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Saturday, February 14, 2009

Frozen Veggies Keep Good Eating On Track

Here we are at the point in the yearly calendar where January morphs into February, and as expected, much of the nation is coping with an onslaught of sub-freezing temperatures, ice, slush and snow. Most every day seems the same--cold and miserable.

When your fashion statement is clunky boots, two sweaters, a scarf and gloves, and your day starts by scraping snow and frost off your windshield, well, it's hard to recapture that "new you" who pledged to eat better, exercise, and live healthy and stress-free back on National Resolution Day--the first day of the first month of the brand new year.

But get back on track with frozen, yes that’s frozen foods. One of the healthiest yet overlooked sections of the supermarket are the frozen vegetable cases. The Frozen Food Guy recommends keeping your kitchen freezer stocked with at least two packages of frozen vegetables at all times.

The Frozen Food Guy likes to keep one regular package of a nationally known brand (say Green Giant or Birds Eye) or store brand of broccoli or leaf spinach and one package of a steam-in-the-bag vegetable on hand at all times. I let the actual selection be my in-store impulse purchase, figuring the more time I spend dickering over corn vs. mixed vegetable vs. spring peas is less time spent fending off the enticing but non-nutritional offerings found in the chips and cookies aisle, and that ultimate grocery store danger zone--the in-store bakery.

Not only are frozen veggies nutritionally sound, they are a meal-planning lifesaver. Often I've perused the insides of my refrigerator, and having made the commitment to cooking chicken breasts or, say, a pork chop, I still can't formulate what to prepare for the rest of my plate. Sometimes the effort of making a salad is a complete turn-off. While “eat a healthy salad” sounds good in theory, the actual practical application of rinsing, chopping, scraping and discarding the unused detritus of onions, leafy greens, mushrooms, etc. seems an insurmountable task. And the quality of the prepackaged salads in my area stores has decreased while commensurately the prices have increased.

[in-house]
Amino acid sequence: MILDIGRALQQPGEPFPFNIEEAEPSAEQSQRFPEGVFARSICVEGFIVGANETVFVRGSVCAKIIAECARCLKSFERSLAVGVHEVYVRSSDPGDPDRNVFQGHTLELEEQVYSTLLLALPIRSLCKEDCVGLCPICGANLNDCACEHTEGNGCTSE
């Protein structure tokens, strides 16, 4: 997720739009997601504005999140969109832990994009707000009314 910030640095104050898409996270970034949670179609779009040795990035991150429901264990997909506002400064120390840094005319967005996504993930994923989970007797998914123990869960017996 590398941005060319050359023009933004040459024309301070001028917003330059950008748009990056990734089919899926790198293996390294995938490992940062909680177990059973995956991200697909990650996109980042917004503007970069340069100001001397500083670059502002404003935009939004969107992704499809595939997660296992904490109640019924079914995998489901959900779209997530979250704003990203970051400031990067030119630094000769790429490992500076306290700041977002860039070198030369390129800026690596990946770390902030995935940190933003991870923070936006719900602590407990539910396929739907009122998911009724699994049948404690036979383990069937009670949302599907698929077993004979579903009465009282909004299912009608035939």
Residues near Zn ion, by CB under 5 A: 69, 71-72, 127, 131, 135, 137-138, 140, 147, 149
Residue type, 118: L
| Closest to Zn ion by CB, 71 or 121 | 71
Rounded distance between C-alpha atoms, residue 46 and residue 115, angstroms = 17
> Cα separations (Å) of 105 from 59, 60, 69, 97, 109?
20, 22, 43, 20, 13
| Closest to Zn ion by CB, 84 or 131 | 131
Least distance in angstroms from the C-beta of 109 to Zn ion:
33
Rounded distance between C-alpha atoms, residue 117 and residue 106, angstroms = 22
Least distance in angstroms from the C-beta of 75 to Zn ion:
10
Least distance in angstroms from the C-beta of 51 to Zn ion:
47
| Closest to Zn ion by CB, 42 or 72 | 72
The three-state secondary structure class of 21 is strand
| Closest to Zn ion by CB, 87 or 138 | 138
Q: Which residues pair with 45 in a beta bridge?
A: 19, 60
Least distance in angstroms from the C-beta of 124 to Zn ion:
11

I like to heat up the entire package of frozen veggies either on the stovetop or in the microwave, and use some as a side dish while leaving the rest for the following day (an average size package serves 3 to 4.) They are great for soup stretchers. I like to make a big pot of homemade vegetable soup about every two weeks or so and then freeze it in one large and several smaller containers, so I can later use the soup for single or multiple servings. Often, I'll reheat my homemade soup and add in my leftover veggies. Ditto for any of the canned soup varieties I have on hand. I'll also add in some fresh chopped onion, maybe some garlic, and a sprinkle or two or oregano or basil. Leafy green spinach and chopped broccoli mix up particularly well as “soup stretchers.”

My personal shopping comfort index (SCI) scores pretty high when I can glance down into my cart and see my frozen broccoli, spinach or mixed veggies. I know the payoff will come days later when faced with that meal solution conundrum--what to make for dinner? And what can I make that has at least a semblance of good nutrition?

Plus, it takes the guesswork out of assessing the life expectancy of some of the fresh produce sold in the store these days.

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